London Assembly news

News releases issued by the London Assembly's External Relations Office and by individual Assembly Members are listed below by date in descending order (i.e. most recent first).

Please note that all news releases with titles beginning 'News from' are the views of the individual Assembly Member identified in the release and do not necessarily reflect the views of the London Assembly or the Greater London Authority.

London Assembly news is also now available as a news feed.

Assembly secures release of TfL fares advice to Mayor
8 April 2014

The London Assembly has welcomed intervention by the Information Commissioner’s Office (ICO) which has resulted in the release of Transport for London’s (TfL) advice to Mayor Boris Johnson about prospective tube and bus fare rises in January 2013.

Doors closing on housing benefit claimants
8 April 2014
Across the capital, landlords are increasingly more reluctant to rent to housing benefit tenants, affecting one-third of claimants.
Revive rivers to reduce flood risk in London
7 April 2014

The London Assembly Environment Committee has today published a summary of the flood risks facing the capital.

Blood sugar rush in the capital
3 April 2014

There has been an estimated 75% increase in Type 2 diabetes in the capital over the last decade. The number of cases in London is growing quicker than elsewhere in the country.[1]

Assembly highlights weaknesses in Mayor’s Housing Strategy
2 April 2014

The London Assembly today highlighted significant weaknesses in Mayor Boris Johnson’s Housing Strategy that mean it will fail to address existing housing demand nor meet the needs of London’s expanding population.

Will the Mayor’s proposed housing strategy meet London’s growing accommodation needs?
1 April 2014

London Assembly Members will tomorrow vote on whether to accept or reject Mayor Boris Johnson’s draft Housing Strategy [1].

Before voting the Assembly will question the following guests about the proposed changes:

Pedestrians 69 – Cyclists 14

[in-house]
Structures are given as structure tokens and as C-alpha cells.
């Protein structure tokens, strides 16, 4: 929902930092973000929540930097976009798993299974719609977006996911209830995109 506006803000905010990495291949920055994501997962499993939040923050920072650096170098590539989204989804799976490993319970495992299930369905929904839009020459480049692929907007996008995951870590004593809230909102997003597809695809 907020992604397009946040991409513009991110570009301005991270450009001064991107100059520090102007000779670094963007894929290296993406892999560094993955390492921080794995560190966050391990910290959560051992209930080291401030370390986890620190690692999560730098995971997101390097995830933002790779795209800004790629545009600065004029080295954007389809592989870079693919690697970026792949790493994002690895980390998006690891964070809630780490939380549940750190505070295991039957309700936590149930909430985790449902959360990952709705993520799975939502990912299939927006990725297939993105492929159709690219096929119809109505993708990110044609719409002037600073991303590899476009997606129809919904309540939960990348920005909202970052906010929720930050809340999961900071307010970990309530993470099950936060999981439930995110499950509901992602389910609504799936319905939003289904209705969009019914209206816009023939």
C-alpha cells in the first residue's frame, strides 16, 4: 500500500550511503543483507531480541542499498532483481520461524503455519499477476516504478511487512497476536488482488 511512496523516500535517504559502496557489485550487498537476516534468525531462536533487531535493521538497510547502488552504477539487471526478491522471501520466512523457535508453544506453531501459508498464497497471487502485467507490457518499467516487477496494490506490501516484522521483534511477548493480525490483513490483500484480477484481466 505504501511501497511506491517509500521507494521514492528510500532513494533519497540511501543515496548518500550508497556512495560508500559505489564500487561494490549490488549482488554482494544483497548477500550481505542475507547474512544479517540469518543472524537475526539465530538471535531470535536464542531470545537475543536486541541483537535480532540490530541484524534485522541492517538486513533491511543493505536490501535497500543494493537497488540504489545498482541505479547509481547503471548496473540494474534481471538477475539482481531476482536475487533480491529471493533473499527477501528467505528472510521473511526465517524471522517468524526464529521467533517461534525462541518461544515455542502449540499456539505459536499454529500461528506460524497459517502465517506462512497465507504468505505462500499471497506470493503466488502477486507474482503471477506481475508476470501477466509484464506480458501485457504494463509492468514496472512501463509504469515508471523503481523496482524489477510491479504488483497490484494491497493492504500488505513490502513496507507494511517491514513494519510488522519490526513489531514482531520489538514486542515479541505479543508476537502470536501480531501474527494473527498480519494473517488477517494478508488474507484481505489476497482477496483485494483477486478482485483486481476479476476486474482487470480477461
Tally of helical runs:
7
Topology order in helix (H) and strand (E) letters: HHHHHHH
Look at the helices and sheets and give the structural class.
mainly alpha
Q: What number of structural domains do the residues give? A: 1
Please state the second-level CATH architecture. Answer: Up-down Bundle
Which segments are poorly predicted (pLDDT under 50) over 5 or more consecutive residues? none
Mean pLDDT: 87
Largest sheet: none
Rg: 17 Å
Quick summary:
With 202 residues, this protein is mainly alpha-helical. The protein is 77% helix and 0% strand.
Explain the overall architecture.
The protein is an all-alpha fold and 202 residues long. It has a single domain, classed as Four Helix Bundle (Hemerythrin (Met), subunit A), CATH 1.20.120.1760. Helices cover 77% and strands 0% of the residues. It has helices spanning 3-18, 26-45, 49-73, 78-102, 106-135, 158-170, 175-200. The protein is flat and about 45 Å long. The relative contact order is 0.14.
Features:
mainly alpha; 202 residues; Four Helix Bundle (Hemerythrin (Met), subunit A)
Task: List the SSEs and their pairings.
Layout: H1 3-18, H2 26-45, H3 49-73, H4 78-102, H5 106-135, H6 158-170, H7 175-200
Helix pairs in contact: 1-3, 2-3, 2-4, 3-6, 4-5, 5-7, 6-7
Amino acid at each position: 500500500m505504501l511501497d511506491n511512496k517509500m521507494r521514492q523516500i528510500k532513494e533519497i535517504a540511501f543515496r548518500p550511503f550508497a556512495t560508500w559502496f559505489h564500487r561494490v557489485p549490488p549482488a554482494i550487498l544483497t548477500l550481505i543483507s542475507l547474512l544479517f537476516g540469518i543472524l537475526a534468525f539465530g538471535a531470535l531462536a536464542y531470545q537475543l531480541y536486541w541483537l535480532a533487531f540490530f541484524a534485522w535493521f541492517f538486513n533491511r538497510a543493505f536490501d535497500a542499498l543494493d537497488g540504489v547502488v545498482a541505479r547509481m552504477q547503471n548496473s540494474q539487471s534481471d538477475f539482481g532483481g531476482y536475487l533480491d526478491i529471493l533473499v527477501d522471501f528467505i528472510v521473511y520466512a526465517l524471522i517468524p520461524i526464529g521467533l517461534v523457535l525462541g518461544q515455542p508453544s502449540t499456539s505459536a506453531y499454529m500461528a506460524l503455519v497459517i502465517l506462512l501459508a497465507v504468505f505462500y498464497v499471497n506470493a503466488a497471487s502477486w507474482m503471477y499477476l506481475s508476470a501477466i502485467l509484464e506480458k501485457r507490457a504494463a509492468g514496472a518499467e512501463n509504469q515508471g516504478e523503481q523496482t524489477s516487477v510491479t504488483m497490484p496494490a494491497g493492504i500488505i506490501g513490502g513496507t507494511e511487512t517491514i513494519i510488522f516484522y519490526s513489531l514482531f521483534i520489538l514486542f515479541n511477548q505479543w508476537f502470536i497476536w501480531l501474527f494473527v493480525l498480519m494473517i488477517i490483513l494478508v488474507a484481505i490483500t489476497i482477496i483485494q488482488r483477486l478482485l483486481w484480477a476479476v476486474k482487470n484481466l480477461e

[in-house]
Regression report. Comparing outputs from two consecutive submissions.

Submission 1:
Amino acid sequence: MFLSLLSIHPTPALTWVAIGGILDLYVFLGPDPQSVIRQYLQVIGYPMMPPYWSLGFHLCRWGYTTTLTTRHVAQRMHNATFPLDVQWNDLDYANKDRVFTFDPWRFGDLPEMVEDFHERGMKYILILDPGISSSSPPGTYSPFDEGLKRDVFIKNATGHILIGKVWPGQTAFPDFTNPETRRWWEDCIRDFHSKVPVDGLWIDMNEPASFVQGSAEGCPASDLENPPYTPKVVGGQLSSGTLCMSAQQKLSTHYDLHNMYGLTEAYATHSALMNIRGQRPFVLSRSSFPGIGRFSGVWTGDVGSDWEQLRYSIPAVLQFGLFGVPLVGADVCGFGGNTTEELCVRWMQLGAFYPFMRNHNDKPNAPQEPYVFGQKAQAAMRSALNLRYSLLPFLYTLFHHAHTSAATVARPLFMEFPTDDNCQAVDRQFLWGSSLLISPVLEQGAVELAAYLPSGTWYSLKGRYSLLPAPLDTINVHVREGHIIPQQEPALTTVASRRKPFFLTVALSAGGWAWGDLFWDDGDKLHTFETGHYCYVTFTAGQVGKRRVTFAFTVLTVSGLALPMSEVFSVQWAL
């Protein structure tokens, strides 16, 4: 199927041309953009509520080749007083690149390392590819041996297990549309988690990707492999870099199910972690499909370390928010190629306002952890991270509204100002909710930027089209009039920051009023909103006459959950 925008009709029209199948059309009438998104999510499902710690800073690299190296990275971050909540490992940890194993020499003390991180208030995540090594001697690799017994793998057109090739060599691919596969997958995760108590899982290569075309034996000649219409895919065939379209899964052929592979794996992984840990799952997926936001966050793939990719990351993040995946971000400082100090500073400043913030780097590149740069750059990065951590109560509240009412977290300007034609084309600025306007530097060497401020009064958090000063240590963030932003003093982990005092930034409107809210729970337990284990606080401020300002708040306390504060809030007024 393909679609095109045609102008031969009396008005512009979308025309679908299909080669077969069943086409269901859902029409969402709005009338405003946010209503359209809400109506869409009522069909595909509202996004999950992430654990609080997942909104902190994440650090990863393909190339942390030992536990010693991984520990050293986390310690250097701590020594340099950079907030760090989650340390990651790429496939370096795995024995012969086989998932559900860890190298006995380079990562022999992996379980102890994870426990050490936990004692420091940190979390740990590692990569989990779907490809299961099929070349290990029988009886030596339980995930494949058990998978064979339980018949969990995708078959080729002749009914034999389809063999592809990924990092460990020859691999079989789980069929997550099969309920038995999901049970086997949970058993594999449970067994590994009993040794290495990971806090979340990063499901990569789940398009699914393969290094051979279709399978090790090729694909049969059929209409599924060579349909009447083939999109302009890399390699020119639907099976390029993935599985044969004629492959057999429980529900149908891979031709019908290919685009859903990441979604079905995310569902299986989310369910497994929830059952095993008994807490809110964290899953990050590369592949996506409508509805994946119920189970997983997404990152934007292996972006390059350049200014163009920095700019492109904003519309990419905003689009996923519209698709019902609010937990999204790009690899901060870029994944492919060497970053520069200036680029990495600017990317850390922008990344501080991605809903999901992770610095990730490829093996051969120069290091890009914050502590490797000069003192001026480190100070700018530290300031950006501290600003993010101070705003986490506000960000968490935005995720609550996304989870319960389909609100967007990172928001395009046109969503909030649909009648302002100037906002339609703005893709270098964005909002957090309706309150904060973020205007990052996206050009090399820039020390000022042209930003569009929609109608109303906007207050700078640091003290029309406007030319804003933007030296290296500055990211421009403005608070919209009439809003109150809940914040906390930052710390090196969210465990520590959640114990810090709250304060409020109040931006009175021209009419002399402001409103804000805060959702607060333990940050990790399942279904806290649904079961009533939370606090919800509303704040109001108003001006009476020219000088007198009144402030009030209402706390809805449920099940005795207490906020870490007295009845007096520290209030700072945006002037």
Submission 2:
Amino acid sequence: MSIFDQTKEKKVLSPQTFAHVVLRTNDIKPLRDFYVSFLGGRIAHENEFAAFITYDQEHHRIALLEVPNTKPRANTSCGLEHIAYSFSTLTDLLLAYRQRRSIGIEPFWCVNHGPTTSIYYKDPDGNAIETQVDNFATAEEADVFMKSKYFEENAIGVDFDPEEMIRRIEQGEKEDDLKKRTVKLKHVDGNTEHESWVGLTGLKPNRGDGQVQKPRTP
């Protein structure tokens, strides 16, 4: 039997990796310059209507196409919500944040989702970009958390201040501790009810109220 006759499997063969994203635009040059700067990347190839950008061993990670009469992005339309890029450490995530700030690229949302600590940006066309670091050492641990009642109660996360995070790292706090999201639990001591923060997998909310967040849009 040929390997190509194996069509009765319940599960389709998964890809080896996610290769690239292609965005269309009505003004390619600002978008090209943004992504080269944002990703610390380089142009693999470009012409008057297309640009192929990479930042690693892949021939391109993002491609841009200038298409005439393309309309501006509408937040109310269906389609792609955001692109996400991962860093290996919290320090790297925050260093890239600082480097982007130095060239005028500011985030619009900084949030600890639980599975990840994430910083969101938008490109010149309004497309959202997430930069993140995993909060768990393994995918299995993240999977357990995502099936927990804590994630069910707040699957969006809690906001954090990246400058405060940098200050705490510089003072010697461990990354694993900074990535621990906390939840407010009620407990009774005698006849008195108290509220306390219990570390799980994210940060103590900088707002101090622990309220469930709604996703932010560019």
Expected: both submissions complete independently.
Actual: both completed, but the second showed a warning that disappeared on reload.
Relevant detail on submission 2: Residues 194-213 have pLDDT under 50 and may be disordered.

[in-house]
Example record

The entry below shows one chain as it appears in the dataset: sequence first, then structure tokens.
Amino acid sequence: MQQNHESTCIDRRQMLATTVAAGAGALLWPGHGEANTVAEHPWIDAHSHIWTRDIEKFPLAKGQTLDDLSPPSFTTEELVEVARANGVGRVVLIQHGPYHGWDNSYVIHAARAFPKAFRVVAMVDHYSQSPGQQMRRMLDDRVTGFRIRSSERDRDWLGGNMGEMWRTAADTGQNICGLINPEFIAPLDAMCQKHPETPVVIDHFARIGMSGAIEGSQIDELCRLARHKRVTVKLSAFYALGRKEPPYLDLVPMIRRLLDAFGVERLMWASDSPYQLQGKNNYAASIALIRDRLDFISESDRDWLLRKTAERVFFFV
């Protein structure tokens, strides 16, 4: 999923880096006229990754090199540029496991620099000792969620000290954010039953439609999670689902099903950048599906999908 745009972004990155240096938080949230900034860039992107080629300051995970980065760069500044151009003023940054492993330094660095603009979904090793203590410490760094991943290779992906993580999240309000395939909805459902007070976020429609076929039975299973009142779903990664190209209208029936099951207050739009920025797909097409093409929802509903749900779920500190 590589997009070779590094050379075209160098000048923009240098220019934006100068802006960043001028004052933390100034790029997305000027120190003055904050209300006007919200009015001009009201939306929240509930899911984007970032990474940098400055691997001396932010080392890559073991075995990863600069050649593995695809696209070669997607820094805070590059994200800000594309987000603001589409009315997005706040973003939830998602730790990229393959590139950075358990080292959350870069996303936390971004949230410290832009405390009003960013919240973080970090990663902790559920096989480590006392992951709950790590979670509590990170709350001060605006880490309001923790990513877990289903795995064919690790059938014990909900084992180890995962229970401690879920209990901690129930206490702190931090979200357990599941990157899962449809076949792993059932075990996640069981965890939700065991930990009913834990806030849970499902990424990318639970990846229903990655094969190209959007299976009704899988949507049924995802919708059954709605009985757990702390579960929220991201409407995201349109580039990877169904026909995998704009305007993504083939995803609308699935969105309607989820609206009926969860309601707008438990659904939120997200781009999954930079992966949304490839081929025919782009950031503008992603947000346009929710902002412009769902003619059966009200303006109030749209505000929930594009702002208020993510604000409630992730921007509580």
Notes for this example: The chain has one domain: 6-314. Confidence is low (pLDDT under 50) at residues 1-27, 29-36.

1 April 2014

More pedestrians are killed or seriously injured on London’s streets than any other road user group. Sixty-nine pedestrians were killed and another 1,054 seriously injured in London in 2012 – an average of three people a day.  There were 14 cycling fatalities.[1]

Assembly members ‘Come Together’ for pedestrian safety
1 April 2014

On average, 3 people every day are killed or seriously injured whilst walking the streets of London.  A staggering 25 per cent of fatalities take place on pedestrian crossings - an additional 19 per cent take place within 50 metres of one.

Get a blood test, sugar
31 March 2014

Cases of Type 2 diabetes have increased dramatically in London and more quickly here than elsewhere in the country.

· There has been an estimated 75% increase in Type 2 diabetes in the capital, over the last decade.  

The Week Ahead
28 March 2014

Public meetings and report launches coming up at the London Assembly next week:



Wednesday, 2 April 2014 

Undercover policing: Assembly question Mayor and Met
26 March 2014

The London Assembly Police and Crime Committee will tomorrow question the following guests about policing and criminal justice.

Checking the Mayor’s energy levels
25 March 2014

The Mayor aims for London to generate a quarter of its own energy from decentralised sources by 2025 – but what is the market appetite for decentralised and renewable heat and power generation and is the Mayor on track to deliver?

What’s the point of the dot London domain?
25 March 2014

How will Dot London, the capital’s new internet domain, benefit businesses and the economy in London?

Will increased competition get more homes built in London?
24 March 2014

Would greater competition in the house building industry increase the number of homes built in London?

Currently the largest house builders complete around 70 per cent of total house building in the UK.

Assembly hears how unpaid internships disadvantage young Londoners
20 March 2014

The London Assembly Economy Committee heard today how two out of five people in the UK offered an internship have had to turn it down for financial reasons [1] allowing peers who can afford to work without pay to gain experience in highly competitive industries.